I Disappointed Myself
After the work I did during a recent workshop, I was ready to do something for Couleurs de Bretagne that would be vibrant, colourful, somehow courageous. I prepared a chassis with stretched paper. I took along a folding table, hoping to work standing up, with bold strokes. The weather was not very encouraging but nevertheless I started in, wetting my paper, dropping in pigment, then the deluge fell and I picked up my work by the edge and let it all drain off. I put it in the car on a plastic bag I was lucky to have along and put the table away in the trunk.
Persevering nevertheless, I refused to paint the gray that was in front of me. I left out the crucifix since I find them grotesque. I even had to use the windshield wipers and defrost to see my subject. Jiggling my work on my knees, trying to keep an eye on the flowing puddles, I did contortions to get that tube of raw sienna there was no one to pass to me and where did I put that towel? I don’t know how many years it will be before I can get contrast in my art work, all by myself, like a grown-up.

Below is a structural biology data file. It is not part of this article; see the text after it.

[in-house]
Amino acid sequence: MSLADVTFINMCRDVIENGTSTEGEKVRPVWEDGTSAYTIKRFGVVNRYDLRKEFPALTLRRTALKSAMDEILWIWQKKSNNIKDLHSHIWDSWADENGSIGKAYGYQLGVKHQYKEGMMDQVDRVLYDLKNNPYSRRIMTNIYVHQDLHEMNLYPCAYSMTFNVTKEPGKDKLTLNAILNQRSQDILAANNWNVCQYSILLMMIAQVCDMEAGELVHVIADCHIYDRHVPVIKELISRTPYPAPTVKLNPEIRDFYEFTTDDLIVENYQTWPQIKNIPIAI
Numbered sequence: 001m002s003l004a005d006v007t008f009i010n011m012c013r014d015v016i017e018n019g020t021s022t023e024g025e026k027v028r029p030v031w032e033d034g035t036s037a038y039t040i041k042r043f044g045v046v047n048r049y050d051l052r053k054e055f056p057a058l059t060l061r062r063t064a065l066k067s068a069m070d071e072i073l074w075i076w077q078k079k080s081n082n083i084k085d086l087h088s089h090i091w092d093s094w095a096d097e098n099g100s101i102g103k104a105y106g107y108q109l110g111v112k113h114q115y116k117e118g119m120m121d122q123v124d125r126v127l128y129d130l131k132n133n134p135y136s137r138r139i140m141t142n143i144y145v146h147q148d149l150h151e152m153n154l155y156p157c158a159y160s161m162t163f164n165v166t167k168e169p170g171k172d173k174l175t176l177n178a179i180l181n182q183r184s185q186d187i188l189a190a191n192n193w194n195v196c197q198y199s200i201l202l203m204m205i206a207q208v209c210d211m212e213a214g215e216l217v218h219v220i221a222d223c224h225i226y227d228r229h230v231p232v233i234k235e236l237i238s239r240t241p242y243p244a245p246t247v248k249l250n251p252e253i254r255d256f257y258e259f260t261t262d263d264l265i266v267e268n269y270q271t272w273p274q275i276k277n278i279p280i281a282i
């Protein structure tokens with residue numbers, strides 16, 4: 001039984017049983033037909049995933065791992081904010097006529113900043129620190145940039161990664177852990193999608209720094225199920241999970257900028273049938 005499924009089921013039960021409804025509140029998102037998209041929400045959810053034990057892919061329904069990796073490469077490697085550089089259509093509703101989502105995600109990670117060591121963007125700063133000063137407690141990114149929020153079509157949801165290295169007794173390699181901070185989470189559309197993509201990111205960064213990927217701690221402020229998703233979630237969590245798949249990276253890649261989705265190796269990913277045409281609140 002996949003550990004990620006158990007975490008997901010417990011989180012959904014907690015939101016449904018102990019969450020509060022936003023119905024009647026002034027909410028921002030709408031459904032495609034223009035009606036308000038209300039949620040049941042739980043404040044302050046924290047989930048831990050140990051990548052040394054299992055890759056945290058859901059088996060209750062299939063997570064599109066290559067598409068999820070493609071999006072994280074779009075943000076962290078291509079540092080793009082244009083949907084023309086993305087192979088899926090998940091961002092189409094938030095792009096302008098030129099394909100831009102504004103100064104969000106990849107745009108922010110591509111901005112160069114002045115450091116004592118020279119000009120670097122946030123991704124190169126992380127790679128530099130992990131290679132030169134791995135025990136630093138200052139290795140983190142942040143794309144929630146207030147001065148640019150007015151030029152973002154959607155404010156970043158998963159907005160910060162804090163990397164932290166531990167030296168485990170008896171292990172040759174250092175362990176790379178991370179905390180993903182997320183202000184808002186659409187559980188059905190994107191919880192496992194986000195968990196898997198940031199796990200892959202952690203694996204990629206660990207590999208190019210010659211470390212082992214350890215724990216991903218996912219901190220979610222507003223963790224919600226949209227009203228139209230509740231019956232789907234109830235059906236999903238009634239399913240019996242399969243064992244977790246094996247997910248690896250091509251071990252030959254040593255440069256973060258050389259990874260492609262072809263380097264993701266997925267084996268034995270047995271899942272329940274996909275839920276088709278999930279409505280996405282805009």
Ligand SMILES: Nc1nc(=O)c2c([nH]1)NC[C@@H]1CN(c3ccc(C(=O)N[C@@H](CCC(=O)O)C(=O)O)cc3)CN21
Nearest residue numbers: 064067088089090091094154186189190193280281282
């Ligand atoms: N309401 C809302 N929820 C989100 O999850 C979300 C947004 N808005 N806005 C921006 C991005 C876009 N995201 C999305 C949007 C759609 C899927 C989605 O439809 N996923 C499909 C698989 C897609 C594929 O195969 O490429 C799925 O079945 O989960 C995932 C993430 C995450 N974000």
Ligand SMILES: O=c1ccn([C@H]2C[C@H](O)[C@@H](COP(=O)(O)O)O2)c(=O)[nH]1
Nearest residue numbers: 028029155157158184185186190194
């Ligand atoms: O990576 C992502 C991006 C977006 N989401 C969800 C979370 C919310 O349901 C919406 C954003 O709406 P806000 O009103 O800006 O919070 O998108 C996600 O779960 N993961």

This chapel belonged to the Lafayette family and probably most Americans have a soft spot for Lafayette since they teach us in school that he was our French friend that came over to help with our revolution and then went back to France for theirs. I only really became aware yesterday that he was a wealthy aristocrat. The stories of history have been recounted with spin from so many directions, it’s hard to see any of it clearly. I need to be wary of any source of prejudice, even while seeking a society without commanders, where all would be equitable, each one with an awakened conscience, working for Good.